Phonics at Westgate


Systematic Synthetic Phonics form a major part of Primary education. Phonics lessons occur daily in most schools, where the emphasis is placed on the children recognising and naming the sounds (phonemes) that form most words. With rigorous training and support, children will eventually learn to decode and read words independently.

With research indicating that learning to read at an early age could affect a child’s outcomes later in life, phonics is undeniably an important part of early education; however you will never see a formal Phonics lesson at Westgate. Instead, we practice phonics in the same way that we approach all aspects of learning: holistically, through exciting, experiences that are relevant to the child’s interests.

Over the years, we have made the conscious decision to eschew formal phonics schemes. There are several reasons for this choice; most notably that our philosophy of early education is that it should put the child at the centre of their learning; not a pre-conceived scheme. Additionally, as we are lucky to work with many local schools, there is no guarantee that the phonics scheme offered at Westgate would match those used in all of the schools. Instead, we have created our own system of activities and experiences that are offered daily, and can be adapted based on the interests and needs of each individual child.

Our approach to phonics looks like:

  • Regular story-telling sessions, wherein adults (and sometimes confident children) create or retell their own traditional tale, often supported by props. This develops the children’s listening and attention skills; as well as ensuring they are familiar with story structure and traditional tales.
  • Multiple storytime sessions daily, where adults read stories from out library to various sized groups of children. This enables us to introduce and consolidate new vocabulary, as well as providing an experience that is highly motivating to our children (we have a cohort of readers already!). An additional benefit is that the children become used to sitting in larger groups for gradually increasing periods of time, ready for school. For children who choose not to join in with storytime, we also offer audiobook sessions – this multi-media approach ensures that all children are motivated to access stories.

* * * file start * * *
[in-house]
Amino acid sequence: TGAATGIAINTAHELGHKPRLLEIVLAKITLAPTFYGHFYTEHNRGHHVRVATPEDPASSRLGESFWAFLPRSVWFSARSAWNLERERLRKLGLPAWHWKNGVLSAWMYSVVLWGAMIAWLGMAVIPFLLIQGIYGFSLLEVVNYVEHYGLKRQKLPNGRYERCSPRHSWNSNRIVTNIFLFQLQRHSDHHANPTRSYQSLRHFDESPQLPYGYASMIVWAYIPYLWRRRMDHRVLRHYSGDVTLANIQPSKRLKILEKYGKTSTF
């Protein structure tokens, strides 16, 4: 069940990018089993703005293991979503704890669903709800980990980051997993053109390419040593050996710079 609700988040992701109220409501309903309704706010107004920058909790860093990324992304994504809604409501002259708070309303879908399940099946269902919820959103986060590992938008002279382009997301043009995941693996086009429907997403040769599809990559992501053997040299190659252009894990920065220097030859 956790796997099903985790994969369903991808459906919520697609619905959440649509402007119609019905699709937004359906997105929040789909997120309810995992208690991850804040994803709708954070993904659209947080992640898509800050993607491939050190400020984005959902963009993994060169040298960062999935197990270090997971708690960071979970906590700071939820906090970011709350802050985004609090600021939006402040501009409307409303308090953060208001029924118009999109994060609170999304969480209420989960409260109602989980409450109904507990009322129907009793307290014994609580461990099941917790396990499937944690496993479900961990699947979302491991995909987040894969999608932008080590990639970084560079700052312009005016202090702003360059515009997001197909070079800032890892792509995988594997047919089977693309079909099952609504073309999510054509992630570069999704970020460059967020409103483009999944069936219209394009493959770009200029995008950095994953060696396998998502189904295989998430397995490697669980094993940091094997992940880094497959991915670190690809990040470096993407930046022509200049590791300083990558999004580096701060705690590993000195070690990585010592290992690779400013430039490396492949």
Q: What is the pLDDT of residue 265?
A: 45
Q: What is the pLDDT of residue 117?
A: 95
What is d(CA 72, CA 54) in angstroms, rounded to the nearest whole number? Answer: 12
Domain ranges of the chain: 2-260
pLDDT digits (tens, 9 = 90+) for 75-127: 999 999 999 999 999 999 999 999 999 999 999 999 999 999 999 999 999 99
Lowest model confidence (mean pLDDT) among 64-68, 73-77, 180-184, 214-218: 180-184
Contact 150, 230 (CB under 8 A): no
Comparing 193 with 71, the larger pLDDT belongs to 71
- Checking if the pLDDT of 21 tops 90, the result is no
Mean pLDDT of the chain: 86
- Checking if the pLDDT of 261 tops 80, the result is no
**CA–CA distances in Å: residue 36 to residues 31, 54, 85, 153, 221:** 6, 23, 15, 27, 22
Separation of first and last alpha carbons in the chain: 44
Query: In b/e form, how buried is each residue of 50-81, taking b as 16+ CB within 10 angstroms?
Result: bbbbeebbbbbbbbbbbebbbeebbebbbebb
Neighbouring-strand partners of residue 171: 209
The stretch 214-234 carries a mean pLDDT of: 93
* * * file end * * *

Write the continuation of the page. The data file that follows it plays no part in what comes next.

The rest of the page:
• High quality literature (picture books) is available in the environment at all times, so children are always able to access stories.
  • Daily mark-making activities, which are often sensory-based (for example, making marks in flour, mud, sand, or even beans!). These are novel and therefore highly motivating, as well as giving children the opportunity to practice holding writing tools. These activities would usually be accompanied with letter cards/stones/stencils for the children to copy, if they so choose, thus increasing the children’s familiarity with a range of letters.
  • Writing opportunities are encouraged where appropriate, but these are always made meaningful to the children – for example, writing adoption certificates in the pet shop, writing day sheets for babies, or writing architectural plans in the construction area!
  • We share meaningful and relevant examples of letters in the environment or in activities. For example, we may challenge the children to cut letters from a magazine, and then arrange them to spell their own name. This supports the fine motor development necessary to learn to write through using one-handed tools, while also making the children familiar with an increasing range of print from which they are able to identify letters. Moreover, this activity also teaches children that letters have meaning!
  • Place name labels are used when the children join Preschool, to ensure the children are able to identify their name as well as their photos. We also encourage the children to practice writing their names in meaningful contexts, such as writing their name on the back of their artwork.
  • As many of our children enjoy spending time outdoors, we often go for listening walks. This is where the children are asked to listen to, discriminate, and identify sounds, which is essential for developing the ability to segment words into phonemes.
  • Songs and rhymes are shared throughout the day; these allow the children to ‘tune into’ rhyme and rhythm.

By the time our children transition to school, we aim that every child can confidently meet the criteria of Letters and Sounds Phase One as well as having the ability to read their own name; and listen to a story for 10 minutes. However through our child-centred approach, we ensure that children learn in a way that is meaningful and motivational to them. In this way, we support our children to develop a lifelong love of reading.


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